If you are missing teeth, you are probably wondering what you should do to replace them. For many people, dental implants are a viable option. This type of restorative dental treatment offers many advantages and can prevent serious oral health issues from developing.Regardless of which route you choose, it is important to replace a missing…
How Natural Do Dental Implants Look?
As someone with one or more missing teeth, you may be wondering how natural dental implants will look. The thought of others noticing that your teeth are not original may worry you or make you feel self-conscious. Here are some details on how dental implants work and appear.
What do dental implants entail?
If you are new to the world of dental restoration, you may be completely in the dark about how dental implants are inserted into a patient's mouth. The process entails several steps that are outlined here.
1. Dental health evaluation
Before a dental implant can be inserted, your dentist will need to evaluate the health of your other teeth, gums, and jawbone. Since the jawbone must be strong enough to hold the replacement tooth, some patients require bone grafting prior to the restoration. Bone grafting is a procedure that involves taking tissue from elsewhere in your own body or from a tissue bank to replace the weakened bone area.
In addition to proper jawbone density, your gums must also be healthy. If yours are not, you could require treatment before your dentist moves forward with the implant process.
2. Placement of the implant
When your mouth is healthy enough to begin the implant procedure, your dentist will insert the implant by cutting your gum to reveal your jawbone. Next, your oral health care professional will drill a hole into your bone and attach the implant to the jawbone. The metal post that acts as your tooth root is inserted deeply to prevent the permanent crown from moving.
If you prefer a temporary crown while your mouth heals, one can be placed.
3. Bone growth
After the implant post has been placed, you must wait several months for the bone to grow around it. Your dentist will determine when your mouth is ready for placement of the abutment.
4. Abutment placement
Many patients require minor surgery to place the abutment to which their permanent crown will attach. This is done via an outpatient procedure that entails reopening the gum to affix the abutment to the metal implant post. Your dentist will then seal the gums and give you around two weeks to heal before proceeding to the next step in the process.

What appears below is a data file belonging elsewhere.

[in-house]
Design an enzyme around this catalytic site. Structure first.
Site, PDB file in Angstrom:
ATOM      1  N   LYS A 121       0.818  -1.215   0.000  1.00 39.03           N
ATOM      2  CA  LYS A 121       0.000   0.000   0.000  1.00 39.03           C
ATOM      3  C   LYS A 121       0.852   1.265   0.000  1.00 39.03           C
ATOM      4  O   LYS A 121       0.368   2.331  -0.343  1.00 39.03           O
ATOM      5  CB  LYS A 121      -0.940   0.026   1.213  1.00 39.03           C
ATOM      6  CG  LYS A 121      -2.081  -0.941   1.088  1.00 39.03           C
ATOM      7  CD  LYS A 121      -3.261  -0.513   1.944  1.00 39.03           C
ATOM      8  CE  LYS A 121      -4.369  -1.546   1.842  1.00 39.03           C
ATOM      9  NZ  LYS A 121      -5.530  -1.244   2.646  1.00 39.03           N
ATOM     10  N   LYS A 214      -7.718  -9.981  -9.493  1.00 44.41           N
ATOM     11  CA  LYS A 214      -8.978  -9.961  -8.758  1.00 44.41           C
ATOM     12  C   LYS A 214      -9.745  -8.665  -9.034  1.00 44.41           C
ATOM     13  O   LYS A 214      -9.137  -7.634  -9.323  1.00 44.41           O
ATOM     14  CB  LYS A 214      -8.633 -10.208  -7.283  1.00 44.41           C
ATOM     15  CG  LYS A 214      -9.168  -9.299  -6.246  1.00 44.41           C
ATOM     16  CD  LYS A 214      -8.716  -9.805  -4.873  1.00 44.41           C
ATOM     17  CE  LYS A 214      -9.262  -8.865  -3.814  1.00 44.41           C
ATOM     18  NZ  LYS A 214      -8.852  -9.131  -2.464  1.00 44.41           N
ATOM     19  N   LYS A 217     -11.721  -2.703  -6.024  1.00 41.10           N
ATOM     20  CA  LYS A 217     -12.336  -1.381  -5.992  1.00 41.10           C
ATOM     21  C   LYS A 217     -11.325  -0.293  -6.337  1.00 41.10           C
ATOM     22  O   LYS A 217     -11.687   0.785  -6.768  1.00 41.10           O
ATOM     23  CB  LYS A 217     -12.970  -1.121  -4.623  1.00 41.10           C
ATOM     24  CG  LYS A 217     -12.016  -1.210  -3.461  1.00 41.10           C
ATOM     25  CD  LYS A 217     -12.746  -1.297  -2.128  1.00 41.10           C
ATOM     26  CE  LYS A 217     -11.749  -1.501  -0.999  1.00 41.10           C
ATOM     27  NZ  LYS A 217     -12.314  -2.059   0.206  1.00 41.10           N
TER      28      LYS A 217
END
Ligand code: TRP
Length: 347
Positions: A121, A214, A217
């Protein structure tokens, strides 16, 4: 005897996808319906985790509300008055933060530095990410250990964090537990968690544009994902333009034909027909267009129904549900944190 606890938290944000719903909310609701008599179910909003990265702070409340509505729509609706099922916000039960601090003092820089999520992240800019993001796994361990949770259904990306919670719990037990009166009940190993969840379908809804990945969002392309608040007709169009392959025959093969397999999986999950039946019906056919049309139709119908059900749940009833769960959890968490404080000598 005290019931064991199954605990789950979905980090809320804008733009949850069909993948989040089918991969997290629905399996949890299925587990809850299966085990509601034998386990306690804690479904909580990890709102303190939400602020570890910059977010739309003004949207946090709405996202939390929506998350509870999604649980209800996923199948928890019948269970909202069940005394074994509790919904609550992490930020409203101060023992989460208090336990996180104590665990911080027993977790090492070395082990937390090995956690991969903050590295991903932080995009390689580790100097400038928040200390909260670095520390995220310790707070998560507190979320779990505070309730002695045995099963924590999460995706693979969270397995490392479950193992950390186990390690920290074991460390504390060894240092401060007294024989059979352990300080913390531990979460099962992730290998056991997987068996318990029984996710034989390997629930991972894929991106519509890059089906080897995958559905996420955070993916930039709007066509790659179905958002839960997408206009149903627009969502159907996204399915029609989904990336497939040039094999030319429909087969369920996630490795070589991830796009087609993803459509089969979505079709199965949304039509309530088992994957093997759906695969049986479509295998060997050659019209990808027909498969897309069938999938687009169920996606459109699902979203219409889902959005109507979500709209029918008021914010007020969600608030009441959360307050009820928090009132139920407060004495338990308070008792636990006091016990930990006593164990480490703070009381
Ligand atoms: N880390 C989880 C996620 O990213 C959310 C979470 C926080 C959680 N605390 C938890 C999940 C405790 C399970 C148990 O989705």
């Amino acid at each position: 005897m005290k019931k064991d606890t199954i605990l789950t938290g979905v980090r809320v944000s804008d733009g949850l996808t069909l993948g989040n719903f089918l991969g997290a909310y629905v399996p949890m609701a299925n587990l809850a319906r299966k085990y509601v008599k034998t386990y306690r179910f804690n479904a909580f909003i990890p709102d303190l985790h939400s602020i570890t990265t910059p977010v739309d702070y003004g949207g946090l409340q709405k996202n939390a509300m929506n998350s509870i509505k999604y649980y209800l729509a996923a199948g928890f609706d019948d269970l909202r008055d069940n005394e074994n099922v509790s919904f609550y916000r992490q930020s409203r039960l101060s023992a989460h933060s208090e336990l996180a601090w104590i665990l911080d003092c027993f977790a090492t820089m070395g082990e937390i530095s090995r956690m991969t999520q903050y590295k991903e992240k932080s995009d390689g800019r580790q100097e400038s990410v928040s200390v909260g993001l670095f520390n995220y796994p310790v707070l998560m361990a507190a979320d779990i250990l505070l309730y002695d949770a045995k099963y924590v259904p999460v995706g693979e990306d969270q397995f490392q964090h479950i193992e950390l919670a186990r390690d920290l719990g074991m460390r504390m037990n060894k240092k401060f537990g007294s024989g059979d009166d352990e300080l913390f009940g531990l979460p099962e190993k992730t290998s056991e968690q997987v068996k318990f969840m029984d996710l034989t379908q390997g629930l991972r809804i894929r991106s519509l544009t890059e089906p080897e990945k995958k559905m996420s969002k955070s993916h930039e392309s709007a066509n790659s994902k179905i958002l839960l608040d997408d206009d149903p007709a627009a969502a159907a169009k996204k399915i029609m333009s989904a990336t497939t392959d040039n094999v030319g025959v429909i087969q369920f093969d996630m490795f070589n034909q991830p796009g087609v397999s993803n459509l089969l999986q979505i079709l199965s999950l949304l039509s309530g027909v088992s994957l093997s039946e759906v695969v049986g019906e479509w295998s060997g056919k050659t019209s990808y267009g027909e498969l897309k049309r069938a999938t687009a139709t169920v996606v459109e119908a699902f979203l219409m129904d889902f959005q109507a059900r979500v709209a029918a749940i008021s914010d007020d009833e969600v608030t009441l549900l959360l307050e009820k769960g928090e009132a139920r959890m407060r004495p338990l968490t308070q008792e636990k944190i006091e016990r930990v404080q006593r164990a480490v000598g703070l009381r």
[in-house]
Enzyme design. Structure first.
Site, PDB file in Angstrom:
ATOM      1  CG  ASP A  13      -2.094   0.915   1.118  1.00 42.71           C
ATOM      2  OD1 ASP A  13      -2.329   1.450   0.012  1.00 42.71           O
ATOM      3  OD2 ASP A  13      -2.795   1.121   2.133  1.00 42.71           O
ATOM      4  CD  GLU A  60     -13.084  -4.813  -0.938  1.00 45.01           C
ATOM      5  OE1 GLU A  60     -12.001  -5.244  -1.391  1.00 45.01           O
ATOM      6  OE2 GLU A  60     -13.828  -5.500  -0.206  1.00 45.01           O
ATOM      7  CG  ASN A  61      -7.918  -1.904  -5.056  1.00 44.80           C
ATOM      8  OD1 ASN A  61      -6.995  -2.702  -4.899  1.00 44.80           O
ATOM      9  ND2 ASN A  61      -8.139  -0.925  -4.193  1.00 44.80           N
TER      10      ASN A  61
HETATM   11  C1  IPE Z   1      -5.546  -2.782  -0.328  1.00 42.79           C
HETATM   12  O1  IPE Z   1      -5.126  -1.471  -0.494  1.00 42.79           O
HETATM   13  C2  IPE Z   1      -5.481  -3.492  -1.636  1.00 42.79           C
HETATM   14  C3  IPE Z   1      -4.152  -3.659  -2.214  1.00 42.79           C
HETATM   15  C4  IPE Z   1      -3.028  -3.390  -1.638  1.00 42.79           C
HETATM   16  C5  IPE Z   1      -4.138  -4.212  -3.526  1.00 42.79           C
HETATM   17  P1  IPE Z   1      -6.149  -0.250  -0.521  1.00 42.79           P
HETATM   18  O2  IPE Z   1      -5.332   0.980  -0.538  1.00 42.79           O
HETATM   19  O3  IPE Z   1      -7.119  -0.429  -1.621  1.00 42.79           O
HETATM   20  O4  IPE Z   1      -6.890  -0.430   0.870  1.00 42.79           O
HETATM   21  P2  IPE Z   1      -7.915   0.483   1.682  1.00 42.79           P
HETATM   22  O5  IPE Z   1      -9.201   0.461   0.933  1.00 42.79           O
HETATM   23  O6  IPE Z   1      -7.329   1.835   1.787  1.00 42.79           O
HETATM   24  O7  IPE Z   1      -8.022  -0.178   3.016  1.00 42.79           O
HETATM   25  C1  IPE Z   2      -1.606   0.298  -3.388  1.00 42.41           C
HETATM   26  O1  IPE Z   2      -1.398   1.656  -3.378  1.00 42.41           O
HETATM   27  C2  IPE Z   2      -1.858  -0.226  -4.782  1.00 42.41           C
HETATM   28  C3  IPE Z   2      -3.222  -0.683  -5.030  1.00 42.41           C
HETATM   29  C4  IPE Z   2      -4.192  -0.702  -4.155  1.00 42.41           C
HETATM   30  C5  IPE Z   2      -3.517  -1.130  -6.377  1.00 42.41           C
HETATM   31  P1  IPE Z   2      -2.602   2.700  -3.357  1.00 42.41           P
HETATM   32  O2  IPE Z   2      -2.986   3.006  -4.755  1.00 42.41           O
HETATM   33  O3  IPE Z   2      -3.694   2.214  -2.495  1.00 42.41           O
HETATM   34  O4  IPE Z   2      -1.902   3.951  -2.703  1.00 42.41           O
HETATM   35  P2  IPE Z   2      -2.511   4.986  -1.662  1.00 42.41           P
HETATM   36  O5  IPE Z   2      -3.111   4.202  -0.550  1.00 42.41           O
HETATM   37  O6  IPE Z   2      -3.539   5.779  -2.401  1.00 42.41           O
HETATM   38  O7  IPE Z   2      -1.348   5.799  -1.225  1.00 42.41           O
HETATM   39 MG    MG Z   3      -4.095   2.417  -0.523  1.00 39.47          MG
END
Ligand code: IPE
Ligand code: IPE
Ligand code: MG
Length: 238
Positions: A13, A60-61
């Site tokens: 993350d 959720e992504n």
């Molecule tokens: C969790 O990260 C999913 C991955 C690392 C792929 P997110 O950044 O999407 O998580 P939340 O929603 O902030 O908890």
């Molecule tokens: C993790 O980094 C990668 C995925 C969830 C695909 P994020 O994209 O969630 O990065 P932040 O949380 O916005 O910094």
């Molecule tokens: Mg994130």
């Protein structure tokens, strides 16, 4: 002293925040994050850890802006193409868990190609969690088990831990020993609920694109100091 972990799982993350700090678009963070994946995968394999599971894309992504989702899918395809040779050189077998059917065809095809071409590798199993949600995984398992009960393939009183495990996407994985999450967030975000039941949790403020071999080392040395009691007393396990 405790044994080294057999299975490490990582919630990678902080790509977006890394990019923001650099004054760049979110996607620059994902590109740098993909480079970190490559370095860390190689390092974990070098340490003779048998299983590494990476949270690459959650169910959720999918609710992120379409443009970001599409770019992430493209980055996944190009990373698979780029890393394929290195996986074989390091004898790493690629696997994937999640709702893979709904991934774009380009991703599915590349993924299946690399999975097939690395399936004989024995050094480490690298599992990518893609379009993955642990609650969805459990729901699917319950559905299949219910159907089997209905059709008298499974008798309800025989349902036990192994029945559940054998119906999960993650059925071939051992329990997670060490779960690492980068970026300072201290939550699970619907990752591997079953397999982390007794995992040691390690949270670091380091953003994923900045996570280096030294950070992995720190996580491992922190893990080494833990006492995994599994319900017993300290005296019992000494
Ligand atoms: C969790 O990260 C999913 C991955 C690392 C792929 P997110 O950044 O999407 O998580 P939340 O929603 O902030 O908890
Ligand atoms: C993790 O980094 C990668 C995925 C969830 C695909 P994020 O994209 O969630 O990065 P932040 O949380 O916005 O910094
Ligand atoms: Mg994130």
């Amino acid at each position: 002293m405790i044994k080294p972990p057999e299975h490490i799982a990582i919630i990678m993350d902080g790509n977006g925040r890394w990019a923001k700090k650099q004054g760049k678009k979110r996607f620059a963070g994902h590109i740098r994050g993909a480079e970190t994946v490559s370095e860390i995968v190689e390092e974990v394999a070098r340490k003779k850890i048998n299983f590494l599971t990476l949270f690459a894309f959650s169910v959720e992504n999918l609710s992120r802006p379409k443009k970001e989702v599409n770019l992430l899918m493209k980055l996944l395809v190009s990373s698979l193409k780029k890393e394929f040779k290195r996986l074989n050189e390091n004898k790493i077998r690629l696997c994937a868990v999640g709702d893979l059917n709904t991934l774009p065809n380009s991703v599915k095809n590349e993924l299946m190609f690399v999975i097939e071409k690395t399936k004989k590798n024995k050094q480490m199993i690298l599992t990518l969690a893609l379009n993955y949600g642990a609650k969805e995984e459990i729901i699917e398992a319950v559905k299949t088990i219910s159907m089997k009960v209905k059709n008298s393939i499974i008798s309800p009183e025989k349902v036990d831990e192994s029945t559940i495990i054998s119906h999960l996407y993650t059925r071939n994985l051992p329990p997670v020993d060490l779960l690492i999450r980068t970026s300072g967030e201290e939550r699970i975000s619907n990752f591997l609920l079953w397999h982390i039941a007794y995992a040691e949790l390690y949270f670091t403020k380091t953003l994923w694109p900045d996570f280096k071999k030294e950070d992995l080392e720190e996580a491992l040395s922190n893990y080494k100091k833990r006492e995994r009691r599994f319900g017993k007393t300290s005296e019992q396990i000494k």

5. Impressions made
After your gums have had adequate time to heal, impressions of your mouth can be taken. These allow your oral health care professional to make the permanent crown resemble the surrounding teeth as closely as possible. This is the step that helps create the natural-looking implant desired by most dental patients.
6. Crown placement
The final step in the process of inserting dental implants is cementing the crown into place. This is accomplished either using dental cement or a screw. For front teeth, cement is often used because it is tooth-colored and can offer an untouched appearance. However, implant crowns placed with screws typically last longer than those secured with cement.
How do implants help you retain your natural look?
Though many dental patients worry whether their implants will appear realistic, the truth is that without replacing missing teeth, you will likely suffer from degeneration of your jawbone. Further, your facial muscles can be affected by the loss of a tooth and your cheeks could begin to appear withdrawn or sunken.
By getting an implant, you can help retain your facial structure. This coupled with a crown made from porcelain or ceramic can provide you with a dental implant that most other people will not notice. Additionally, your oral health care professional can match the crown to the shade of your original teeth in your mouth. Your dentist will likely hold cards with various hues next to your natural teeth to see which most closely fits.
How natural your dental implants look depends upon several factors. One of those is which type of material is used to form the crown; the other is whether cement or a screw is used to secure the crown. Lastly, a color-matching wheel of cards is used to help your dentist identify the proper tint to fit in with the rest of your teeth. While in some cases people may be able to tell that you have dental implants, in many cases they will not. If someone can tell, they will probably have had to take a scrutinizing look before noticing any difference between the implant and your natural teeth.
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